Friday, December 27, 2013

9 Hours in Milan ~Brera Gallery, Window Shopping and The Duomo at Christmastime!

On the day before I left Italy, I headed to Milan. I arrived at around 3pm, and knew I didn't have much time. You see, I had to get to my hotel, check in, get organized, have a power bar, and head to the Brera Gallery. 

Here's a little classical Italian, for you.

I cabbed it to the Brera District, from my hotel, knowing I wouldn't have a lot of time. The Brera Art Gallery is at the Palazzo Brera, which it shares with the Brera Academy. Its art collection, is rather extensive, and happens to have several paintings that I studied in art history class. 

Pinacoteca di Brera
Brera Art Gallery, Milan

It's not all that tourist friendly, or easy to find, so I am glad I took a cab. I remembered in a guidebook reading to go up a set of stairs, once you get across the courtyard. They did give me a map of the gallery, but only after I had asked. The gal at the desk was a little pesky, but I didn't let her dampen my mood.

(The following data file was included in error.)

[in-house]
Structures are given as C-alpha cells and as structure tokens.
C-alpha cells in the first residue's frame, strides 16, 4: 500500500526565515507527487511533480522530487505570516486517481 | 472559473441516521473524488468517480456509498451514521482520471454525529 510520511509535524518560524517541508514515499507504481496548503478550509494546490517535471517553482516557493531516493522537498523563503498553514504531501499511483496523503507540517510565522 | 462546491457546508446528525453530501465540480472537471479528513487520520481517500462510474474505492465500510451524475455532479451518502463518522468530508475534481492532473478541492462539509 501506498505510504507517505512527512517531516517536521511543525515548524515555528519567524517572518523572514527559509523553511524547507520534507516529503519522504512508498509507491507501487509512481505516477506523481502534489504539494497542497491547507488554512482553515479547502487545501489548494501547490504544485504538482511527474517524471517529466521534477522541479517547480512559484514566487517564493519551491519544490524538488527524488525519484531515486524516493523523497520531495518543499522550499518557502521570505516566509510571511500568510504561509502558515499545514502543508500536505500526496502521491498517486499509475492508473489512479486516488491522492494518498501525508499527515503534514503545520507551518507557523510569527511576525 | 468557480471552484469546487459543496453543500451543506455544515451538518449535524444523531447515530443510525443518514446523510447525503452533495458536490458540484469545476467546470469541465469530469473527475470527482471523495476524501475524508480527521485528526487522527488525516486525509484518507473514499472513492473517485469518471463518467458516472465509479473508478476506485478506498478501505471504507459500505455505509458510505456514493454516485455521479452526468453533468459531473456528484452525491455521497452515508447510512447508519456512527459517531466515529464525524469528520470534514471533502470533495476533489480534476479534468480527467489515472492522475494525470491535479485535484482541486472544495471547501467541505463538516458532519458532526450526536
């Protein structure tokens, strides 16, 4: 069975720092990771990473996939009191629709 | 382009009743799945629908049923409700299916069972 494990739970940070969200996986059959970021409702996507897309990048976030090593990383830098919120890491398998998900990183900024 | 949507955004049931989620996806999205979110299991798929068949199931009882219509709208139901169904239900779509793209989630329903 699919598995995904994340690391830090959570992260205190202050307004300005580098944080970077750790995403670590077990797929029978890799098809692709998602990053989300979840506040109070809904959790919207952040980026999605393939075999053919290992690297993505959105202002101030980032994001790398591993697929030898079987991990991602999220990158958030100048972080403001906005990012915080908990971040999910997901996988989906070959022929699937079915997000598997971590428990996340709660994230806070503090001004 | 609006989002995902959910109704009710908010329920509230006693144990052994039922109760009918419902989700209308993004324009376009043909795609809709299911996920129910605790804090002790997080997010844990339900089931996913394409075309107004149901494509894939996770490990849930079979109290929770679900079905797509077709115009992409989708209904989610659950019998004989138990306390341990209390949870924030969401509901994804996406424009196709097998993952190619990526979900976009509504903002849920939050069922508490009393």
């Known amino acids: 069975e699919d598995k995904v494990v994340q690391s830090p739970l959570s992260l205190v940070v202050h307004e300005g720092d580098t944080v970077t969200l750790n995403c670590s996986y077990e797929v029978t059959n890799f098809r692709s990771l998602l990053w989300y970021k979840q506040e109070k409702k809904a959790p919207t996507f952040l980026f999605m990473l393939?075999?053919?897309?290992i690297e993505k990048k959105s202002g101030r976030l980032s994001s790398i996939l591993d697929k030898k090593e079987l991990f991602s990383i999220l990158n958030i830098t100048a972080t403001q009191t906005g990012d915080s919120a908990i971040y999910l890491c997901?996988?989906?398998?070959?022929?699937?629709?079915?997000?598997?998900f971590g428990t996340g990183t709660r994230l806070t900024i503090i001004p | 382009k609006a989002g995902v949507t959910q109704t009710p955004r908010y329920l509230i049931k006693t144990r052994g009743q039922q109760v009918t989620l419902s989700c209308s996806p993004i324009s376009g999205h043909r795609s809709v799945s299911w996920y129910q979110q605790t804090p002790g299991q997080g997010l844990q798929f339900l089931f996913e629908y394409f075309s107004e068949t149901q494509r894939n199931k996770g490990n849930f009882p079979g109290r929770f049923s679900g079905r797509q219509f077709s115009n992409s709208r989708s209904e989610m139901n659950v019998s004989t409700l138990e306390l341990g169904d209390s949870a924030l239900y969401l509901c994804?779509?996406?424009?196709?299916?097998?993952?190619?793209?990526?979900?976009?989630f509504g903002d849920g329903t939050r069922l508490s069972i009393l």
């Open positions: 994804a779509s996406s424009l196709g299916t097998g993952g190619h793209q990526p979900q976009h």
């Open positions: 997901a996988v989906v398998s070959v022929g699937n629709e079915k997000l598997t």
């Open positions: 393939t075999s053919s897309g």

Most museums let you take photographs of their own collections, as long as it is without a flash, but just not the visiting works, that they don't own the rights to.

For instance, with the exception of the Sistine Chapel, which is a chapel, you can take all the photos you want, in the Vatican Museums.

Not so, at the Brera. I didn't realize that, until after I'd taken a couple of photos. This next photo, by the early Renaissance master Giovanni Bellini, was one of them.

Madonna and Child
Giovanni Bellini (1425-1516)

This was a detail, of angels, from a larger icon.

The following are public domain images, I found on Wikipedia. All of them are paintings from the Brera Gallery's collection.

Madonna della Candeletta 
Carlo Crivelli
c. 1490

The Marriage of the Virgin
Raphael c. 1504

Holy Conversation/Brera Madonna
Tempera on panel
Piero della Francesca
c. 1472-1474

This following painting, is often studied in art history classes, for several reasons, including the use of perspective, its balance, as well as its symbolism. Also, it is an example how much art was commissioned by wealthy patrons, who were then painted into the pictures, hanging out with Jesus, Mary, and the gang. See the guy in the armor? He is the one who paid for the painting, Federico III da Montefeltro, Duke of Urbino.

Lamentation Over the Dead Christ
tempera on canvas
Andrea Mantegna
completed between 1475-1501